Philippines: Wine Industry Rails Against Alcohol Tax
The wine industry is opposing the proposed alcohol taxes by the Philippine government claiming the measure to be “excessive”. The taxes are set to fund the universal healthcare programme of the country. But MPs have warned industry lobbyists against painting a false picture of the proposed alcohol tax increase, adding that it would instead help the funding gap in the Universal Health Care program implementation.
The Philippines adopted the Universal Health Care (UHC) Act into law earlier in 2019. But the first year of UHC was still lacking around P63 billion in order to be fully implemented.
To bridge this gap, an increase in tobacco taxes has already been adopted, expectedly generating around P15.7 billion in incremental revenue. The alcohol tax increases are set to close the funding gap.
Wine companies expressed opposition to the proposed tax hike on alcohol products, saying it was “excessive” that it would eventually kill the local industry. The industry argument is that the wine is made for everyday Filipinos and that they can not increase the price without having to close down completely.
Responding to the wine industry
In response to the complaints by the wine industry Finance Undersecretary Karl Chua said the House passed a “slightly more complicated” tax system on alcohol products. However, he said that the Department of Finance (DOF) is open to a simpler system and to increase the indexation of taxes from 4% to 10%.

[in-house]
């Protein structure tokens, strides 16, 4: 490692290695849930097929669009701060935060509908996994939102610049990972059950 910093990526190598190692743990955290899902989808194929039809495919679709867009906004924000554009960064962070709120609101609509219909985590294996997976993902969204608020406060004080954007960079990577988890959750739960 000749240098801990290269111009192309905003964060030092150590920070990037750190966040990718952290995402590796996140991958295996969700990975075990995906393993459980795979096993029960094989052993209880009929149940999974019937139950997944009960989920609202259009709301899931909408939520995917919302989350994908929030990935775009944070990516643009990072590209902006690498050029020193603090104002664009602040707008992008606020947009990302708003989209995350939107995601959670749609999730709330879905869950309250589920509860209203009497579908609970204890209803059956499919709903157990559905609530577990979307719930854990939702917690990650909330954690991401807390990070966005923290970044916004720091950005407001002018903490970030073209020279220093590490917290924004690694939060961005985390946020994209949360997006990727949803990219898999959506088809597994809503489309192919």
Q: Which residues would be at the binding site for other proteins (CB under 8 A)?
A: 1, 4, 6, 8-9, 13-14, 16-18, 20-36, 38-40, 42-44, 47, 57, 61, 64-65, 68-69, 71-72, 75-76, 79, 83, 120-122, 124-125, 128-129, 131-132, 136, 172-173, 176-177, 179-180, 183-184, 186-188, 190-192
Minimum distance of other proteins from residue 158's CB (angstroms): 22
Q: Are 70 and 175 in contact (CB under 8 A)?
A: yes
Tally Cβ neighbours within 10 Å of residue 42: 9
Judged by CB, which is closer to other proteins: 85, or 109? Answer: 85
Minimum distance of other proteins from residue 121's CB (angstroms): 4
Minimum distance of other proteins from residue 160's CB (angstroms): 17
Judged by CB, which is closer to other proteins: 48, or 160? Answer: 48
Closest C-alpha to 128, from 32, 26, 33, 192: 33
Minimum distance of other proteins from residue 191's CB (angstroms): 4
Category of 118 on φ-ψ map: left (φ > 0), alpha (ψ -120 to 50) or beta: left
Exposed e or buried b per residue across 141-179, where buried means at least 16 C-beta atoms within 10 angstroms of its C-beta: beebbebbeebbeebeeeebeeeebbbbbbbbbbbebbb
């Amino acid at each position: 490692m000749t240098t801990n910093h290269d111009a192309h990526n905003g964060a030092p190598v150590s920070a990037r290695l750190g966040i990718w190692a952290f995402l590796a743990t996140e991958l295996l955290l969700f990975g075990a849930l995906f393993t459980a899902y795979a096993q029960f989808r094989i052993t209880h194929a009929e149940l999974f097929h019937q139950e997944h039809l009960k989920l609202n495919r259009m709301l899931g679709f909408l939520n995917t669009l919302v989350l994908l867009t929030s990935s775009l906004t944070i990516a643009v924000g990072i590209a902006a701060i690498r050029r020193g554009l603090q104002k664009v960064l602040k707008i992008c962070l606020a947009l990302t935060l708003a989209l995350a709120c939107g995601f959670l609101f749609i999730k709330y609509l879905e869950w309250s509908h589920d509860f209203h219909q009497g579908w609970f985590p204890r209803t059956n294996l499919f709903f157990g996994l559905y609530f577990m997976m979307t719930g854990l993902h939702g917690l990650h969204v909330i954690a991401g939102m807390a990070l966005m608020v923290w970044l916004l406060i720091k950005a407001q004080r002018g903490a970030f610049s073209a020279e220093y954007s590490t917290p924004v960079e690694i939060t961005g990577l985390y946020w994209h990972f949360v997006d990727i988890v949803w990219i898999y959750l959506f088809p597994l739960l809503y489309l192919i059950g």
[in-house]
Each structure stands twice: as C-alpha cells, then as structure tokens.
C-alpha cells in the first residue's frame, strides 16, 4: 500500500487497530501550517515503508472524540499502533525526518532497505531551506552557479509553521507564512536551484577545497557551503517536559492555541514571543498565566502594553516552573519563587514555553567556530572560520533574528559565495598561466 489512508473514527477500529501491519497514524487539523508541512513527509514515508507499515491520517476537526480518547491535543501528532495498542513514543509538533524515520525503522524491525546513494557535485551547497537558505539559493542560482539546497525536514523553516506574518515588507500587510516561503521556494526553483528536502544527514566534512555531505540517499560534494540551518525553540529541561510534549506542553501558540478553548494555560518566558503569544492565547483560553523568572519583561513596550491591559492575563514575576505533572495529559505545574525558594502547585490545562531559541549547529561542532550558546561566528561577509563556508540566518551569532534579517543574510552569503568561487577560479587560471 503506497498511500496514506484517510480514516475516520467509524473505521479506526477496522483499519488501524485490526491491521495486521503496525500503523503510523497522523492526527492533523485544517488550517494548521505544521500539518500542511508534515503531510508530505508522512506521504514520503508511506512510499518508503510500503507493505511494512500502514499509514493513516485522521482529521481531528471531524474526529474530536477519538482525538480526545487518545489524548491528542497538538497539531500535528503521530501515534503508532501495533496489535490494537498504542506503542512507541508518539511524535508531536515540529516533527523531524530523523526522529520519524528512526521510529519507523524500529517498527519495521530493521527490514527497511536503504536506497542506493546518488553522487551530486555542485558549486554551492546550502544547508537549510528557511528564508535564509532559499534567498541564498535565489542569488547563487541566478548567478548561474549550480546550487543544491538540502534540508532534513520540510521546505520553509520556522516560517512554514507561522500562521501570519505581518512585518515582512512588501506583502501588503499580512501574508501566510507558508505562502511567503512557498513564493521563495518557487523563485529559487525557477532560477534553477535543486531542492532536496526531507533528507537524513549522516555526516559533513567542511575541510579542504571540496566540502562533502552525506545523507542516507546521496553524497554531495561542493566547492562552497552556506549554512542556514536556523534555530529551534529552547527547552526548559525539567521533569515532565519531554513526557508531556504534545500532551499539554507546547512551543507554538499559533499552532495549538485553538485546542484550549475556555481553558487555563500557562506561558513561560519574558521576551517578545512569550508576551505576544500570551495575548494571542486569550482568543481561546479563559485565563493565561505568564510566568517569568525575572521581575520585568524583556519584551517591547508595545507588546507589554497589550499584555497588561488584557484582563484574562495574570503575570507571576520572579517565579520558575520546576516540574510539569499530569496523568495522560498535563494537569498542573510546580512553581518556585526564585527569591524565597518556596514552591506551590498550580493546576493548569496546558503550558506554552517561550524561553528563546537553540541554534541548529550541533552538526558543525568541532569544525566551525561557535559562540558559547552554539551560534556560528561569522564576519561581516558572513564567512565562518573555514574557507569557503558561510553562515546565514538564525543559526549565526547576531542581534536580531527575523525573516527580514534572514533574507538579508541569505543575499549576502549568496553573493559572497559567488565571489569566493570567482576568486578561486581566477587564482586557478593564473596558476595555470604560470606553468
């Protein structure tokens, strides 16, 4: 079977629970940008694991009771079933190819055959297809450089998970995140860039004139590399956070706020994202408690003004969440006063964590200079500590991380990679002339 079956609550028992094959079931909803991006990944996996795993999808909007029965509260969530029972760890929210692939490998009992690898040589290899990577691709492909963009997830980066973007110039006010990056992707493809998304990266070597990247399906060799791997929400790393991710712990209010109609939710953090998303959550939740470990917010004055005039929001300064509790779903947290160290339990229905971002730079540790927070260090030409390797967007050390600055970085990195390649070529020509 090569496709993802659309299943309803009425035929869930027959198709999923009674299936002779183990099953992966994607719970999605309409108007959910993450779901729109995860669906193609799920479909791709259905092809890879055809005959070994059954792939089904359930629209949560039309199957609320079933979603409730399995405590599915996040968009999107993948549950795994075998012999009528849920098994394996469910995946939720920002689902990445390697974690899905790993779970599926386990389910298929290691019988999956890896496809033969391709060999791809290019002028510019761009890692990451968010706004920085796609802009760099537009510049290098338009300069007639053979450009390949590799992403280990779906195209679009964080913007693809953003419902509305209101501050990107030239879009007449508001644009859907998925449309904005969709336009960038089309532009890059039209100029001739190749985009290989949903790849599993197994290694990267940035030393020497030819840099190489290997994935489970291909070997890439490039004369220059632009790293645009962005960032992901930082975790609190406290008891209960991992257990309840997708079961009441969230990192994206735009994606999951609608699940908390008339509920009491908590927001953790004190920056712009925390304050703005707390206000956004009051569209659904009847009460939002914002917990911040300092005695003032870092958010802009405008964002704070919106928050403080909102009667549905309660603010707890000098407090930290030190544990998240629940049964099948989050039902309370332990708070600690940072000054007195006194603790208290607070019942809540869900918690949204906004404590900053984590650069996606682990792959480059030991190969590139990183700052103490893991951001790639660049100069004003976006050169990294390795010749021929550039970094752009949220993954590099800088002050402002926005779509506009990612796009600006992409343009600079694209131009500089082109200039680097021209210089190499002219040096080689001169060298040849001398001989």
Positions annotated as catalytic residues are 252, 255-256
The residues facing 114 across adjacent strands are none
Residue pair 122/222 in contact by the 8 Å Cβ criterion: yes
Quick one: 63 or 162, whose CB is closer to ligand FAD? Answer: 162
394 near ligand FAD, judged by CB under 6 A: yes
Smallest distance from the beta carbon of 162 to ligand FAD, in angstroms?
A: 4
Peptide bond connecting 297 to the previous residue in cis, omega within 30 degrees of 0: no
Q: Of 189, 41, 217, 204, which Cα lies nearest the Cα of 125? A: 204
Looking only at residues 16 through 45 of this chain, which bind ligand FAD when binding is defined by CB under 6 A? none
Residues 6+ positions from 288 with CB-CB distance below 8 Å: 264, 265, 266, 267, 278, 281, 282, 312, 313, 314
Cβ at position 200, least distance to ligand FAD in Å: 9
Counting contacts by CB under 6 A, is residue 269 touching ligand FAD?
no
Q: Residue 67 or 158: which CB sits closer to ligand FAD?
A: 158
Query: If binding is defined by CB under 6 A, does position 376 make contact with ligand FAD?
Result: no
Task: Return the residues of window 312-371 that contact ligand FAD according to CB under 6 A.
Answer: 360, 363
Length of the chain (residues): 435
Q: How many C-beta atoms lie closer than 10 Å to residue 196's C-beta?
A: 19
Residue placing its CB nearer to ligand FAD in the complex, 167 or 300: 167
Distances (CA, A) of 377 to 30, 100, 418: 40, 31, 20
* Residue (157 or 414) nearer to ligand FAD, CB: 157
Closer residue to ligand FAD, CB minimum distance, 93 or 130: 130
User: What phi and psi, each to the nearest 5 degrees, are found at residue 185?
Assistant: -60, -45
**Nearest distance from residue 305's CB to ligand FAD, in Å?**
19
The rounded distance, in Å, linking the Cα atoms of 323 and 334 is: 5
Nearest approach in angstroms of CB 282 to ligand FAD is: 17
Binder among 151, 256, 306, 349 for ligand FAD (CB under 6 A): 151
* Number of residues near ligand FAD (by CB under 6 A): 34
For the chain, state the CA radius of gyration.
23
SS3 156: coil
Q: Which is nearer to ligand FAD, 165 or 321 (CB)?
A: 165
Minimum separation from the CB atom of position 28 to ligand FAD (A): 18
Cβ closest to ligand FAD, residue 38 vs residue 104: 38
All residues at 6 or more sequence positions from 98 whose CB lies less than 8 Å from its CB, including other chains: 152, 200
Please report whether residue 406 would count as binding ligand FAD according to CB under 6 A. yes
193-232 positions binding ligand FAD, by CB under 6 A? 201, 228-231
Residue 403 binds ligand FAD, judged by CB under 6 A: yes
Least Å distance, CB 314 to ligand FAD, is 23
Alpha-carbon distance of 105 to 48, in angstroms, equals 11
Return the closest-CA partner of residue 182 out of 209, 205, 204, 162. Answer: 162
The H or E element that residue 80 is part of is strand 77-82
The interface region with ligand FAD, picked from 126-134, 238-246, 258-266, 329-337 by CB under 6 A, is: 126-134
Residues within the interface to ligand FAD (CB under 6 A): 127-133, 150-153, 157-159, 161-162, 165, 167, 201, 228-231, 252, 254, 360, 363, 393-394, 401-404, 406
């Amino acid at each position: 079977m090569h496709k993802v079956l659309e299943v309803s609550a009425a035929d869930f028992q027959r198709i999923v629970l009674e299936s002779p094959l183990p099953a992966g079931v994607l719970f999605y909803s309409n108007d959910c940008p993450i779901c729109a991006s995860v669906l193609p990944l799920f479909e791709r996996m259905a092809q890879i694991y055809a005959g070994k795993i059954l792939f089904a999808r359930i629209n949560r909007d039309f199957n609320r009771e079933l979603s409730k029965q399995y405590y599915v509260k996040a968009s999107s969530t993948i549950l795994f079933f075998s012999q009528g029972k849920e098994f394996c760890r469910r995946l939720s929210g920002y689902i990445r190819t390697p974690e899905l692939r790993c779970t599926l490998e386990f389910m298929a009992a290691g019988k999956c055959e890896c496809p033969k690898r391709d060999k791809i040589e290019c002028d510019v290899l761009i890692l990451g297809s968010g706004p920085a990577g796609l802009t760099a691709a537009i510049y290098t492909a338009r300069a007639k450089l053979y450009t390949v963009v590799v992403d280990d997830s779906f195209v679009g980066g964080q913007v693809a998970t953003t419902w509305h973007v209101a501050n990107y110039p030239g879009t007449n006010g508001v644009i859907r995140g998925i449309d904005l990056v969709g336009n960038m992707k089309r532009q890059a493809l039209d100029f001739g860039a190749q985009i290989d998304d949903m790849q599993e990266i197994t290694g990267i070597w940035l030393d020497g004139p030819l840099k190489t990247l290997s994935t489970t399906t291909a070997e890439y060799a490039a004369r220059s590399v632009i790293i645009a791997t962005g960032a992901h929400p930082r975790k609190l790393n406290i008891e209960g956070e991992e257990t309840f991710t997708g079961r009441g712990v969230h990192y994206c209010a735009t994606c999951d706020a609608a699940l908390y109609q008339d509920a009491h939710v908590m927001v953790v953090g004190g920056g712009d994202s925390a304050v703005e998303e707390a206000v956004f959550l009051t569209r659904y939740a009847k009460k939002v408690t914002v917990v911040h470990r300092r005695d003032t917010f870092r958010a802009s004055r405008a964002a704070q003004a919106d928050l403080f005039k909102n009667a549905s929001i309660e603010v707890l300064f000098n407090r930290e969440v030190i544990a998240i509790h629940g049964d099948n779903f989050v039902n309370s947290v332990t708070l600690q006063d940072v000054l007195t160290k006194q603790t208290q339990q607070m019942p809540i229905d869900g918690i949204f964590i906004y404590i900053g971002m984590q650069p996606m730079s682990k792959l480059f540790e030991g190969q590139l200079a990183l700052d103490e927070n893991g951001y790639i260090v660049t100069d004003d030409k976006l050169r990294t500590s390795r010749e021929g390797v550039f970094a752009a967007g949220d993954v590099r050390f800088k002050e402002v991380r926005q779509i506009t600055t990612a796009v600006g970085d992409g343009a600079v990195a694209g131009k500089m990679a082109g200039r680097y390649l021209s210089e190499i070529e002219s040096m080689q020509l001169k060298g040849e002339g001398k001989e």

Senator Pia Cayetano warned industry players against painting a false picture of the proposed alcohol tax increase, adding that it would instead help close the funding gap in the Universal Health Care program implementation.
When we’re talking about [taxing alcohol], please do not scare the people into thinking that what [the government is] trying to do is harmful to the Filipino people,” said Senator Pia Cayetano, as per Manila Standard.
The Senator also cited the calculations of the Department of Finance proposal to raise taxes on alcoholic beverages could raise around P33 billion in incremental revenue in its first year of implementation.
Senator Cayetano noted that, the country’s alcohol problem causes more damage to millions of Filipino families in terms of related diseases, road crashes, domestic abuse, and crimes, and therefore should be addressed through a variety of public health interventions and social reforms, including taxation.
Raising … taxes is a proven revenue- generating measure, and there is a need to address the current funding shortfall which amounts to P63 billion for the UHC law,” said Dr. Anthony Leachon, as per Manila Standard.
This, coupled with the cigarette tax increase passed last Congress will help bridge the gap, and we hope that our legislators take this into account when deliberating the proposal for higher taxes.”
Senator Cayetano and the panel conducted its second public hearing on Senate Bill No. 383 and House Bill No. 1026 – Increasing the Excise Tax Rates on Alcohol Products and E-Cigarettes on August 29, 2019.